Published in The Lebanon Democrat, Tuesday, November 25, 2014. There are many stories related to these two men, their son and son-in-law, and my memories of football as it was for me way back then. i am considering publishing many stories like this on this website at the beginning of next year, including stories which could not be published in a local newspaper.
SAN DIEGO – On Sunday, I recorded and watched the San Diego Chargers squeak past the Rams.
I recorded the game and fast forwarded through the gob of repeating commercials, and the self-congratulatory half-time analyses (sic) by ex-players, ex-coaches, and some talking heads.
After my fourth NFL game attended about 20 years ago, I vowed to never attend another professional game. It was just too boring. I guess if you were into pretty cheerleaders, and nuts dressed like they were auditioning for a Looney Tunes role screaming incoherently while holding up a ridiculous sign, it might be okay. I’m too old to watch young women through binoculars and “fans” trying to have to five seconds on the stadium big screen or national television.
I have been devoted to football since my Uncle Snooks Hall gave me one for my first Christmas. I followed Lebanon High School, Middle Tennessee, Vanderbilt, and Tennessee. I wanted to be like SMU’s Doak Walker, the Vols’ Johnny, “The Drum” Majors, Bobby Lane at Detroit and Pittsburgh, and the Blue Devil’s Clifton Tribble.
In short, I have loved the game for most of my life…until now.
There is little I like about today’s professional game except the playing: the hype, focus on money, over-analysis, fans out of whack priorities, the worst in human nature exhibited on every play, the commercials ad nauseam, and the silliness of playing political football with football is the opposite of enjoyable.
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My first recollection of pro football was watching games on black and white television while Red Grange, the Hall of Famer “Galloping Ghost” described the action. Soon after we got our first television, my father and I watched as Red called the play of Chicago Cardinals’ Charley Trippi breaking through for an apparent touchdown. A defender dove for a shoestring tackle. Charley did a summersault without losing stride and went on to score.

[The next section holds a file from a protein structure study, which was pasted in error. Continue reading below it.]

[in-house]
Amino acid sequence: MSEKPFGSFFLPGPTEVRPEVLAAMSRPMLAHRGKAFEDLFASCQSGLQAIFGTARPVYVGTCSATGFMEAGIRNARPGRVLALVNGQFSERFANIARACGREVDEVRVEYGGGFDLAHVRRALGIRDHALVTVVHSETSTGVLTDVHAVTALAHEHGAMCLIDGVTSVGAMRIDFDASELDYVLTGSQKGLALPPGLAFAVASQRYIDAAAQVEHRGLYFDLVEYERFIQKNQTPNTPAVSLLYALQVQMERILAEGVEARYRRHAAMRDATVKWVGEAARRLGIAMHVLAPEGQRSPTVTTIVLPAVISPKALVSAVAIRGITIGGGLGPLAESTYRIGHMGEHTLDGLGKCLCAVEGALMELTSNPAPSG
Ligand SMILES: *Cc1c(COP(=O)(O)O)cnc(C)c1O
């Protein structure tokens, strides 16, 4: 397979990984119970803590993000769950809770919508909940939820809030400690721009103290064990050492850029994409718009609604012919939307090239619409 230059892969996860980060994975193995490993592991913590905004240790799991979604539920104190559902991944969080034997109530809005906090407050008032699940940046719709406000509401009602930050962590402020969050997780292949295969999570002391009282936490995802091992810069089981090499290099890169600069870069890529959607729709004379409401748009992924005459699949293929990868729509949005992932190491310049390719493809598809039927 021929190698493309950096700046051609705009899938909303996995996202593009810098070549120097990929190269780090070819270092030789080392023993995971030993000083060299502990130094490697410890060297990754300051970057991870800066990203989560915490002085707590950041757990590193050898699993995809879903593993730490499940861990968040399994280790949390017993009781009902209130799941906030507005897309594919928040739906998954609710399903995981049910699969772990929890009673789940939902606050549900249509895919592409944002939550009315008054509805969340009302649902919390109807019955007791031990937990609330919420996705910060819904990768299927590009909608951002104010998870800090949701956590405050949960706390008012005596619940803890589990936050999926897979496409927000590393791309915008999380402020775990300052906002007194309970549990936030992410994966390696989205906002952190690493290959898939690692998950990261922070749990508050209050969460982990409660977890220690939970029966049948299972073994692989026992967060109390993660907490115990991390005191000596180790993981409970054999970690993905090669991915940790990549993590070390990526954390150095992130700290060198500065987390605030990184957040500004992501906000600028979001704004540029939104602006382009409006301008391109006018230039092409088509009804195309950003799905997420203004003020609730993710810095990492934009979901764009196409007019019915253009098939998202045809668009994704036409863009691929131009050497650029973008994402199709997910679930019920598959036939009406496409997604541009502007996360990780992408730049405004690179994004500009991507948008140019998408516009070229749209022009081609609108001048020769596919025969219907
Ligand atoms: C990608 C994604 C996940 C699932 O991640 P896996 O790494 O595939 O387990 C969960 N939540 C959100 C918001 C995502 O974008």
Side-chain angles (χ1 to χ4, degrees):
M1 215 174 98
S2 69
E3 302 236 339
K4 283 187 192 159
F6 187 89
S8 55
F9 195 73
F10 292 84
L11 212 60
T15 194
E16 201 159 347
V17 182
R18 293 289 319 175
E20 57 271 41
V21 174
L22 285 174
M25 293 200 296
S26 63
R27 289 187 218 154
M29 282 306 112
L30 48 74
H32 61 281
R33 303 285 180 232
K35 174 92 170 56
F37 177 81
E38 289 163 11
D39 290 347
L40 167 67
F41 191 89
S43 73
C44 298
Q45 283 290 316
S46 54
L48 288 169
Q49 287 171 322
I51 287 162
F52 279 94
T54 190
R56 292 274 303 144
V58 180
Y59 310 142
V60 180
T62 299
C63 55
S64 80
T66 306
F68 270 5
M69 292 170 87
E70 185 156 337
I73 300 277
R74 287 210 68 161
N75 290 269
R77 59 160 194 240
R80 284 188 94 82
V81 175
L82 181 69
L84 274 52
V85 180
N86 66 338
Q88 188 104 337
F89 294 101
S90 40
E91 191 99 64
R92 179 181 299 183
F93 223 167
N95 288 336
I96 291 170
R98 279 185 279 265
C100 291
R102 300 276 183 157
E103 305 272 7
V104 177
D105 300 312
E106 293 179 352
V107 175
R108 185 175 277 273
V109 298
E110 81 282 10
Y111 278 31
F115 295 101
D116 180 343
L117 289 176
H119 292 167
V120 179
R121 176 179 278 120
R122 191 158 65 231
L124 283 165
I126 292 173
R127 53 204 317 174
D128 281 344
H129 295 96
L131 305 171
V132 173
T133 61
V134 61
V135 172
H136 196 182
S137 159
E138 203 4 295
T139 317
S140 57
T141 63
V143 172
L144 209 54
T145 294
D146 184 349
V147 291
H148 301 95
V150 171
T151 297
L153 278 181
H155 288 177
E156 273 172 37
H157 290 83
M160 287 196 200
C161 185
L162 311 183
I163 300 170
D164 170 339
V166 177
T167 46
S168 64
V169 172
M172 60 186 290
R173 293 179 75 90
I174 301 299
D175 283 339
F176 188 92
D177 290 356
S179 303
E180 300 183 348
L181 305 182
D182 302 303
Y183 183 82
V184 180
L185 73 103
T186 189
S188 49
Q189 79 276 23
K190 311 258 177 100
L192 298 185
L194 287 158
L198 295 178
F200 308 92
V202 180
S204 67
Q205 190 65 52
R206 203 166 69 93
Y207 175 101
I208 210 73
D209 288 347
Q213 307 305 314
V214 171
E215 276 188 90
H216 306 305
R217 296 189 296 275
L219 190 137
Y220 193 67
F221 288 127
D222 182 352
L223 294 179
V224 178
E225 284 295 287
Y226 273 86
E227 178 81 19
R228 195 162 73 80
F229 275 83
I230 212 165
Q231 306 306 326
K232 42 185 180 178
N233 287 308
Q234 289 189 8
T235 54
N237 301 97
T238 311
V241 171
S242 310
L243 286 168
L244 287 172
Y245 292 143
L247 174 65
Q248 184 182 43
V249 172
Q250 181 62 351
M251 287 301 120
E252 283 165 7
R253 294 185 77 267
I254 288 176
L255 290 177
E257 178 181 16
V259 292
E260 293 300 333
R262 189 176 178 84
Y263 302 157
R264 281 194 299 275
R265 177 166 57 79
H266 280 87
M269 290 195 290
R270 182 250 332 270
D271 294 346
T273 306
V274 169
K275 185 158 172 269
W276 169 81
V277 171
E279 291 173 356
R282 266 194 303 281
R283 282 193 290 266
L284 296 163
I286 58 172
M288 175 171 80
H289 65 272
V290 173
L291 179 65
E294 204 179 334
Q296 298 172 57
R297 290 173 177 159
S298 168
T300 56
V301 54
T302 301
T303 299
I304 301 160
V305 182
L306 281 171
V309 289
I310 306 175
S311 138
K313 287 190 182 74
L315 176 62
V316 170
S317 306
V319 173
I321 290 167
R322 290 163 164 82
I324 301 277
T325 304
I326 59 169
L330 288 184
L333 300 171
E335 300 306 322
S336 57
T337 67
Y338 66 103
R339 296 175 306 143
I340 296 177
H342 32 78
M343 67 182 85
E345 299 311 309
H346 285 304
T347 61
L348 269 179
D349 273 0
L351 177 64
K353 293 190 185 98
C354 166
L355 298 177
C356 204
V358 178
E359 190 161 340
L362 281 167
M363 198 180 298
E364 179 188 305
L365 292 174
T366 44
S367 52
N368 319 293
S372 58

They had different rules back then. In the pro game, a runner wasn’t considered down until he had stopped moving forward. His knee touching the ground was irrelevant. It was a bit more violent.
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I have been very fortunate to have known two players from that era, and their stories have verified it was very different. One difference was unlimited substitution. It was allowed in the NCAA 1941-1952 initially because the war had limited the number and quality of players. Michigan’s Fritz Crisler initiated mass substitutions from offense to defense. Army’s Red Blaik adopted it, and UT’s Neyland called it “chicken…football” when limited substitution was reinstated for the 1955 season . Until unlimited substitution was reinstated in 1964, most college and pro players played both offense and defense. I still prefer it that way.
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Don Linville and his family, circa 1954
I met Don Linville at a golf course. His son and my golfing buddy, Marty, introduced us. Don was a big man. After serving on a submarine in the war — I always wondered how he fit into those racks to sleep — he was a Little All- American at Kansas State Teachers College (now Pittsburg State). He joined the Pittsburgh Steelers in 1947 after graduating his junior year. He played offensive center and middle linebacker.
Don played for four years but gave it up because of the low pay (imagine that now). He became a school teacher, increasing his pay substantially. Don passed away in 1994.
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Ben Reiges, UCLA, 1946-48
I also met Ben Reiges at a golf course. Ben is the father-in-law of another golfing partner, Pete Toennies. From Boston, Ben played for a year at Georgetown, went to war and came back for his last three years as the quarterback/tailback for the Bruins. He had six interceptions in 1946 (remember, they played both ways). After being drafted by the Los Angeles Rams, he turned them down, tried out for the Chicago Bears, and was on the preseason team of the New York Yankees in 1947. Ben decided playing wasn’t worth the low salary and returned to UCLA to get his masters in education.
Ben, at 95, still occasionally playing nine holes, lives down the street from Pete and Nancy in Coronado. His beloved wife, Dot, passed away this month.
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These two men played when football was a sport, not entertainment. They didn’t change the rules because players got hurt. It was what it was. There were no known problems with abuse and other crimes: the world wasn’t as transparent back then. Football players were heroes. The press didn’t follow every player and report his faults. As with almost everything, there were some things that were better and some that were worse than now.
But there are two things I wish were still true today. It would be wonderful if sportsmanship were most important for players, coaches, and fans. And wouldn’t it be incredible if teachers still got more pay than professional athletes?